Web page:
Preface to The History of the Reformation In Scotland
John Knox (c. 1566)
To the gentill readar, grace and peace from God the Father of our Lord Jesus Christ, with the perpetuall encrease of the Holy Spreit.
1 IT is not unknowen, Christeane Reader, that the same clud of ignorance, that long hath darkened many realmes under this accurssed kingdome of that Romane Antichrist, hath also owercovered this poore Realme; that idolatrie hath bein manteined, the bloode of innocentis hath bene sched, and Christ Jesus his eternall treuth hath bene abhorred, detested, and blasphemed. But that same God that caused light to schyne out of darknes, in the multitud of his mercyes, hath of long tyme opened the eis of some evin within this Realme, to see the vanitie of that which then was universally embrased for trew religioun; and hes gevin unto them strenth to oppone2 thame selfis unto the same: and now, into these our last and moist3 corrupt dayis, hath maid his treuth so to triumphe amonges us, that, in despyte of Sathan, hipochrisye is disclosed, and the trew wyrshipping of God is manifested to all the inhabitantis of this realme who eis Sathan blyndis not, eyther by thair fylthy lustes, or ellis by ambitioun, and insatiable covetousness, which mack them repung to4 the power of God working by his worde.
And becaus we ar not ignorant what diverse bruittis5 war dispersed of us, the professoures of Jesus Christ within this realme, in the begynnyng of our interprise, ordour was tackin, that all our proceidingis should be committed to register; as that thei war, by such as then paynfullie travailled boith by toung and pen; and so was collected a just volume, (as after will appeir,) conteanyng thingis done frome the fyftie-awght6 year of God, till the arrivall of the Quenis Majestie7 furth of France, with the which the Collectour and Writtar for that tyme was content, and never mynded8 further to have travailled in that kynd of writting. But, after invocatioun of the name of God, and after consultatioun with some faythfull, what was thought by thame expedient to advance Goddis glorie, and to edifie this present generatioun, and the posteritie to come, it was concluded, that faythfull rehersall should be maid of such personages as God had maid instrumentis of his glorie, by opponyng of thame selfis to manifest abuses, superstitioun, and idolatrie; and albeit thare be no great nomber, yet ar thei mo then the Collectour wold have looked for at the begynnyng, and thairfoir is the volume somewhat enlarged abuif his expectatioun: and yit, in the begynnyng, mon9 we crave of all the gentill Readaris, not to look10 of us such ane History as shall expresse all thingis that have occurred within this Realme, during the tyme of this terrible conflict that hes bene betuix the sanctes11 of God and these bloody wolves who clame to thame selves the titill of clargie, and to have authoritie ower the saules of men; for, with the Pollicey,12 mynd we to meddill no further then it hath Religioun mixed with it. and thairfoir albeit that many thingis which wer don be omitted, yit, yf we invent no leys,13 we think our selves blamless in that behalf. of one other (thing) we mon14 foirwarne the discreat Readaris, which is, that thei be not offended that the sempill treuth be spokin without partialitie; for seing that of men we neyther hunt for reward, nor yitt for vane glorie, we litill pass by the approbatioun of such as seldome judge weill of God and of his workis. Lett not thairfoar the Readir wonder, albeit that our style vary and speik diverslie of men, according as thei have declared thamselves sometymes ennemymes and sometymes freindis, sometymes fervent, sometymes cold, sometymes constant, and sometymes changeable in the cause of God and of his holy religioun: for, in this our simplicitie, we suppoise that the Godlie shall espy our purpose, which is, that God may be praised for his mercy schawin,15 this present age may be admonished to be thankfull for Goddis benefittis offerred, and the posteritie to cum may be instructed how wonderouslie hath the light of Christ Jesus prevailled against darkness in this last and most corrupted age.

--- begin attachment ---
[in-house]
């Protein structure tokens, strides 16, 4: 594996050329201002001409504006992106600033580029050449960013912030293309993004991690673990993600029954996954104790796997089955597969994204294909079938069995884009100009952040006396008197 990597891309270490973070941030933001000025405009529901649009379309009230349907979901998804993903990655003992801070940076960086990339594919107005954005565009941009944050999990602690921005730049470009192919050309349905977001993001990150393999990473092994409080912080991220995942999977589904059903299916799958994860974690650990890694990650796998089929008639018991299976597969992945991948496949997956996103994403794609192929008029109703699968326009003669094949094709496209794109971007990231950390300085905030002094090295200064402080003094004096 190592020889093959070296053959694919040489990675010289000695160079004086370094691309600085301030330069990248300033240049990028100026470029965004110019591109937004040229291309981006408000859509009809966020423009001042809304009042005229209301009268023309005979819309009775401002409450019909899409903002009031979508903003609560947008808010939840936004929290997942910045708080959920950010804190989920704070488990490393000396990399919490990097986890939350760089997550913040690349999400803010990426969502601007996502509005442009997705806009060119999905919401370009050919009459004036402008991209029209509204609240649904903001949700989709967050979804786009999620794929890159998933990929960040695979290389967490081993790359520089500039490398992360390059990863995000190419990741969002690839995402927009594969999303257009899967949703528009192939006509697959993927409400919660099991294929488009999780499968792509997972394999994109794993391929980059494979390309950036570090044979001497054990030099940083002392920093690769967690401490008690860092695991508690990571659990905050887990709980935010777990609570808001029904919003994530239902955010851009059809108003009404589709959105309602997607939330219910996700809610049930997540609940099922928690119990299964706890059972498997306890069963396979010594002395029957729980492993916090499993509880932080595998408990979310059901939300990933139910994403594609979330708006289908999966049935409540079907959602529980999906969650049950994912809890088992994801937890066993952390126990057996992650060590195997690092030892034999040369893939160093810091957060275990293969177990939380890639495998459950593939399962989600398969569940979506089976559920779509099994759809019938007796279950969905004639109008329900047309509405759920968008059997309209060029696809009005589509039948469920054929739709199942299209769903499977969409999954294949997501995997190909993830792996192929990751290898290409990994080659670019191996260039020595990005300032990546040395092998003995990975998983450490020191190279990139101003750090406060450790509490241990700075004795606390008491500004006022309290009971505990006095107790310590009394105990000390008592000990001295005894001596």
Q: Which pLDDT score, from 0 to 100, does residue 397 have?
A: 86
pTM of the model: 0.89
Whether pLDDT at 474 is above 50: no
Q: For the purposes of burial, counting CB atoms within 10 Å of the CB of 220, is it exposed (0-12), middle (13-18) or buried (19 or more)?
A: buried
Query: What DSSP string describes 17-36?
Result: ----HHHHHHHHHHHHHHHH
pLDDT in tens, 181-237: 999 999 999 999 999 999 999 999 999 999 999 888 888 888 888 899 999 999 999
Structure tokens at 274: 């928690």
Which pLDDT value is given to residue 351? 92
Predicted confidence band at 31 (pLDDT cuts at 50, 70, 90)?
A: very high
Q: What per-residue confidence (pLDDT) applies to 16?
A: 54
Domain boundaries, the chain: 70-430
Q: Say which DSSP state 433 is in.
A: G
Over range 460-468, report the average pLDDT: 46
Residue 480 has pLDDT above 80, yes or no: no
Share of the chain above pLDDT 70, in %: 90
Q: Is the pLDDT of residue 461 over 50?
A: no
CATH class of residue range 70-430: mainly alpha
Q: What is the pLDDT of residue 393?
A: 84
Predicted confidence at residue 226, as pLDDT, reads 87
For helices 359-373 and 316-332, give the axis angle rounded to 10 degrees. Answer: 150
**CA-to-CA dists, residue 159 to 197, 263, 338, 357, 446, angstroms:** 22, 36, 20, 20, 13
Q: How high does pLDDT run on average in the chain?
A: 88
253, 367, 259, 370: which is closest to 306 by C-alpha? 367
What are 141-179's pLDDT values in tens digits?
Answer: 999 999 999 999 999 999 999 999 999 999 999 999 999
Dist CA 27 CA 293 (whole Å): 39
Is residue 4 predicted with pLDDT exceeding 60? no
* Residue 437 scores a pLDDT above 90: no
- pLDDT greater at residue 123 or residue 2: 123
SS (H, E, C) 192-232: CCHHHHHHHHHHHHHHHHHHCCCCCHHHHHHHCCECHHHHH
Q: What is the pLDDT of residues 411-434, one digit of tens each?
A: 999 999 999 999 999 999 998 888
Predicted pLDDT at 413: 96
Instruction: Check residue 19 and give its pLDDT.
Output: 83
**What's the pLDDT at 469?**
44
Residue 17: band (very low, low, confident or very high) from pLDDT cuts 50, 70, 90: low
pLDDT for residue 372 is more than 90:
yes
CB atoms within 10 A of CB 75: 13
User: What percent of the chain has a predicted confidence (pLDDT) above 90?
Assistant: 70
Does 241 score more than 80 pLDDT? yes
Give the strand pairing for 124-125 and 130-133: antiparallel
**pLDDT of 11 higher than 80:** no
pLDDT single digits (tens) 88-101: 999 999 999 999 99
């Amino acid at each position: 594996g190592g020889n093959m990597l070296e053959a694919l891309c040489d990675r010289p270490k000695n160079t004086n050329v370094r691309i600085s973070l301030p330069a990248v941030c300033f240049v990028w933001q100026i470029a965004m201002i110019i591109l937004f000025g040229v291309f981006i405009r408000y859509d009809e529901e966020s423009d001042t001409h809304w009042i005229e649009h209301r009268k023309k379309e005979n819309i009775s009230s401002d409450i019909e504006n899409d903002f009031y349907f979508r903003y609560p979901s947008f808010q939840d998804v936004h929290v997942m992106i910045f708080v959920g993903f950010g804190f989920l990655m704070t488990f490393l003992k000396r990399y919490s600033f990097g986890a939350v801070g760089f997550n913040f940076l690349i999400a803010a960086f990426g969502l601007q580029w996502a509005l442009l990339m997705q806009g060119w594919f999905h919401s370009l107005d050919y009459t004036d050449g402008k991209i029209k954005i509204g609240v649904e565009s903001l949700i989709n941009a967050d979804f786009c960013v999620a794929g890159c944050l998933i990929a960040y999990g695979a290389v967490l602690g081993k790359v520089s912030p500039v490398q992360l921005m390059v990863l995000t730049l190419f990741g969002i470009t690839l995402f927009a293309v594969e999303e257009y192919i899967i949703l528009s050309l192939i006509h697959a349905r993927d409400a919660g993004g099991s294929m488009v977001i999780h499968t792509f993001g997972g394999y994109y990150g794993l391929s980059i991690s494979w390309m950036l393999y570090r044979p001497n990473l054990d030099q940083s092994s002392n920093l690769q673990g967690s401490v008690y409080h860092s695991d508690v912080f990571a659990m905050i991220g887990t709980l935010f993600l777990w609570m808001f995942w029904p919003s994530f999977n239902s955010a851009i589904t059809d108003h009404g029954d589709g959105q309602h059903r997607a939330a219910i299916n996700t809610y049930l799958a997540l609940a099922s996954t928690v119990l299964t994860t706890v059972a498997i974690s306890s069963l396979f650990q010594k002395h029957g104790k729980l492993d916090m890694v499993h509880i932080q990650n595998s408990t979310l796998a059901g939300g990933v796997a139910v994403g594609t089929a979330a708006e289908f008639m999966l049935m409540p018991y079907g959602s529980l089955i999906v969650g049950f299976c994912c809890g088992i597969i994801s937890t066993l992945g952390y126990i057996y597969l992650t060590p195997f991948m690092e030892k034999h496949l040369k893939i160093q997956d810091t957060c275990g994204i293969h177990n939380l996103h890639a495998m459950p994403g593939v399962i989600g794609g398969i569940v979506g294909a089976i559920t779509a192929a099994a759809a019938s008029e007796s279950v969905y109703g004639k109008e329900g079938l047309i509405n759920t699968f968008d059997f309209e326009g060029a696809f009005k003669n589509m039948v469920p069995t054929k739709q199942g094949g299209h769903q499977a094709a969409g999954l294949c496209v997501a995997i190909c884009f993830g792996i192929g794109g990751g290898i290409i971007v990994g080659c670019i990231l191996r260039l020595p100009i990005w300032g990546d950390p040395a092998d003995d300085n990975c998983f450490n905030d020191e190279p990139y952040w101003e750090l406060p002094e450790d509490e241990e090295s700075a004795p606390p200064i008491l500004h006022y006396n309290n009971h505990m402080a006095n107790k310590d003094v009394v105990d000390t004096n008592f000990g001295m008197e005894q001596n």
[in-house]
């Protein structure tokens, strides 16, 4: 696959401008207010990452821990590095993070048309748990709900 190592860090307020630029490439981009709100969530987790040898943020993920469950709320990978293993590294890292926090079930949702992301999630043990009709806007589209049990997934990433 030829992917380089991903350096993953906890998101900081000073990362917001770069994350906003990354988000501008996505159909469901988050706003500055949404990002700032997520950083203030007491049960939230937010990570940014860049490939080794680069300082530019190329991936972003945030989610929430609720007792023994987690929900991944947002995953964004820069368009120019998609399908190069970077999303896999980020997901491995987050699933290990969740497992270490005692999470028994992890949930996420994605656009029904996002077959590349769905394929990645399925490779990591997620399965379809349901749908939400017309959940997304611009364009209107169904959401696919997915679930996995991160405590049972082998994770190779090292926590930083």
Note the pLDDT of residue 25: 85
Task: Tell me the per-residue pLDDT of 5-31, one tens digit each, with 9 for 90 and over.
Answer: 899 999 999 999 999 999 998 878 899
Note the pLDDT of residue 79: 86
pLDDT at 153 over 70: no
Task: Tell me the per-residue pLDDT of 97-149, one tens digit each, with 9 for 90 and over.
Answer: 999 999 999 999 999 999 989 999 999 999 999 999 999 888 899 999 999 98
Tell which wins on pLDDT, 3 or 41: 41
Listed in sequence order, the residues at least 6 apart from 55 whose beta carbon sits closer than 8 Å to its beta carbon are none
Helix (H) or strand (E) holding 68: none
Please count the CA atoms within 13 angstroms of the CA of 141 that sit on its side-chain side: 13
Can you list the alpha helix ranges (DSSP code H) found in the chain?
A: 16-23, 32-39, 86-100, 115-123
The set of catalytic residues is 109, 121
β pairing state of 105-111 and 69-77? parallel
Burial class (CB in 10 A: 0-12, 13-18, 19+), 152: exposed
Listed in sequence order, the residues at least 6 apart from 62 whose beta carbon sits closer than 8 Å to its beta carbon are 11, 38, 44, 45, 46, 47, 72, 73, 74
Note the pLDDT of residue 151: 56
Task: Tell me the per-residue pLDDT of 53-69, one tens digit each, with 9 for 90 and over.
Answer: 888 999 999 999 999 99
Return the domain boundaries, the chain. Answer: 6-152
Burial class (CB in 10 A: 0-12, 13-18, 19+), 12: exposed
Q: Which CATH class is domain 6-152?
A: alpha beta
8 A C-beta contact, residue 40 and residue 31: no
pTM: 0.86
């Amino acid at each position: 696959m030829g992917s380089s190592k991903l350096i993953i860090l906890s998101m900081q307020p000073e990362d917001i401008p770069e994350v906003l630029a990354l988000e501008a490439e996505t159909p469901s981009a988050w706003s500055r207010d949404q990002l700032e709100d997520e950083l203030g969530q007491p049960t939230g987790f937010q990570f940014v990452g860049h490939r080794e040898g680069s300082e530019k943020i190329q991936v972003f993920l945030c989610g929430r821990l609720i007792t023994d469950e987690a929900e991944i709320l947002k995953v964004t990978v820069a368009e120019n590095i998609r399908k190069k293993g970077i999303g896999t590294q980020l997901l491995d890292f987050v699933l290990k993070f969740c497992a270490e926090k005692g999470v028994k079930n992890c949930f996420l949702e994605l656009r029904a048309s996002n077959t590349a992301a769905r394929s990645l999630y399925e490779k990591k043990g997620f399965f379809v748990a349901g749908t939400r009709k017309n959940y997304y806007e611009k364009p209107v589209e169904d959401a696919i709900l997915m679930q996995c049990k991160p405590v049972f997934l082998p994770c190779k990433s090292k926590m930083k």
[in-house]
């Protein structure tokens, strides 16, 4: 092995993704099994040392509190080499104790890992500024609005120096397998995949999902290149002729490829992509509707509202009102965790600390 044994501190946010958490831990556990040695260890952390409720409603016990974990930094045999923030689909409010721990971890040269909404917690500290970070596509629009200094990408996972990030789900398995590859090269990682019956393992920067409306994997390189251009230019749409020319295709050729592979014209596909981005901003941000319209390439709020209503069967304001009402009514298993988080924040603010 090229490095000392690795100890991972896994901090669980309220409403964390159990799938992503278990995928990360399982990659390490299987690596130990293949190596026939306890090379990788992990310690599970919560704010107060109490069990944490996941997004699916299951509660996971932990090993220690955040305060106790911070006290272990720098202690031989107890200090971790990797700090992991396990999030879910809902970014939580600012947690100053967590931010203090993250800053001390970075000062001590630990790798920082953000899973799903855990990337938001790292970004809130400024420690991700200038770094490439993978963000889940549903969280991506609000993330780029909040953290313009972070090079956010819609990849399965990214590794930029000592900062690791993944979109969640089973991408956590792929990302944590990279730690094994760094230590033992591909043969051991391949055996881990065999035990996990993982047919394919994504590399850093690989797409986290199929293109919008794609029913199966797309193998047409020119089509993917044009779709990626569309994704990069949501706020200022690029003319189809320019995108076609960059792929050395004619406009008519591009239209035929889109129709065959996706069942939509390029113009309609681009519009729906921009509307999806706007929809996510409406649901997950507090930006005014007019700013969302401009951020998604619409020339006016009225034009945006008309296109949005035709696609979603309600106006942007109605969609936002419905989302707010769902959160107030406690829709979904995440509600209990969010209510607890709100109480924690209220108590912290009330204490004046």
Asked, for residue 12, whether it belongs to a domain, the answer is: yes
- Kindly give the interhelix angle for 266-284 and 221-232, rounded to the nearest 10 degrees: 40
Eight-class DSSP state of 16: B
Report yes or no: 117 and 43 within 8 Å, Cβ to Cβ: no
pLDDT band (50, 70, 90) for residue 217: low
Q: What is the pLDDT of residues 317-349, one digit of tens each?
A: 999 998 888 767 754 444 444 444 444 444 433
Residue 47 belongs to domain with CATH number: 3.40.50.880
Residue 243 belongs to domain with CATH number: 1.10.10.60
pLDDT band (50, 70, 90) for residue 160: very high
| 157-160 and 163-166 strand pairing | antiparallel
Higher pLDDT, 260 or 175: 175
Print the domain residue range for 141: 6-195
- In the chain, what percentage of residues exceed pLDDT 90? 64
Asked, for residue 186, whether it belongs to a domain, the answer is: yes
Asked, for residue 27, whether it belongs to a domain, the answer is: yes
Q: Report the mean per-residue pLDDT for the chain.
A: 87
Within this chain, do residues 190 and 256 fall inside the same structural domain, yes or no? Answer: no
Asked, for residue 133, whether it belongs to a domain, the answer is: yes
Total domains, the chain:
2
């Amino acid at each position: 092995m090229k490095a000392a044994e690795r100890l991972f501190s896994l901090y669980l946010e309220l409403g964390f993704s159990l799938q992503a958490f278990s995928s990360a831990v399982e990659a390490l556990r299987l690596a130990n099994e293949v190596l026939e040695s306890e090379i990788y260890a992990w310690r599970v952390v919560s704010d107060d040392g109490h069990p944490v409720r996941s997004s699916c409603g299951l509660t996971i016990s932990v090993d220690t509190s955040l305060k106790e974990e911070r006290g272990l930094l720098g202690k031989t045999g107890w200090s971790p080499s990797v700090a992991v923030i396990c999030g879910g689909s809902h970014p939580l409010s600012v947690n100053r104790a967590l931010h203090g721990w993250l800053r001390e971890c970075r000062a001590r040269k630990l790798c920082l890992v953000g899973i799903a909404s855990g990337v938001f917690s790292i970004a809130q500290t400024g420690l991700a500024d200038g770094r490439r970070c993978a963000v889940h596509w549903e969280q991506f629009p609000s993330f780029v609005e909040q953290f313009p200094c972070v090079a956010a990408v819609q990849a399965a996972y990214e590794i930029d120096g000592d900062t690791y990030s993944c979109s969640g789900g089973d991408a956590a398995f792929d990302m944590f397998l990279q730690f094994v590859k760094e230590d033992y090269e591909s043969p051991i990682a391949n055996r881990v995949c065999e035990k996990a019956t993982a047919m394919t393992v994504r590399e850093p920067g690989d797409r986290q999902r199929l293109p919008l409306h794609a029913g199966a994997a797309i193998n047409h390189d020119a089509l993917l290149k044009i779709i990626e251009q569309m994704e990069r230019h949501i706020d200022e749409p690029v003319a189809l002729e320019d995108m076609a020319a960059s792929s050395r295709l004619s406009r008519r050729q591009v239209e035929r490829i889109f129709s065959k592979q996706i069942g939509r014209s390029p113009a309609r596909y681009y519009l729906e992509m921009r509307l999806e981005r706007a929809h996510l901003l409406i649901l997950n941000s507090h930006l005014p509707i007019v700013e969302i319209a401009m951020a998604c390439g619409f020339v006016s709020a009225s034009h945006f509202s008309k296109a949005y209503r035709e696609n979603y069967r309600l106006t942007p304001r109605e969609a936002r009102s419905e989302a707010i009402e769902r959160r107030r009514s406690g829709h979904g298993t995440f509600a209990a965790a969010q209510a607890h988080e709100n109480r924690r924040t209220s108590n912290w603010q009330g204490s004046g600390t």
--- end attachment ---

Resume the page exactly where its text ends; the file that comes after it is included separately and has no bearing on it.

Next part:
Note 1. John Knox (15051572), the leader of the Scottish Reformation and its historian, was educated at Glasgow University; was pastor to English congregations at Frankfort-on-Main and at Geneva, where he met Calvin; returned to Scotland in 1559; and from that time till his death was active in the establishment of the Presbyterian organization, through which his powerful personality has continued to influence the Scottish national character to the present day. His preface, which is printed here in the original Scottish spelling, gives some indication of the sternness, not to say virulence, of his temper towards the Roman Church. [back]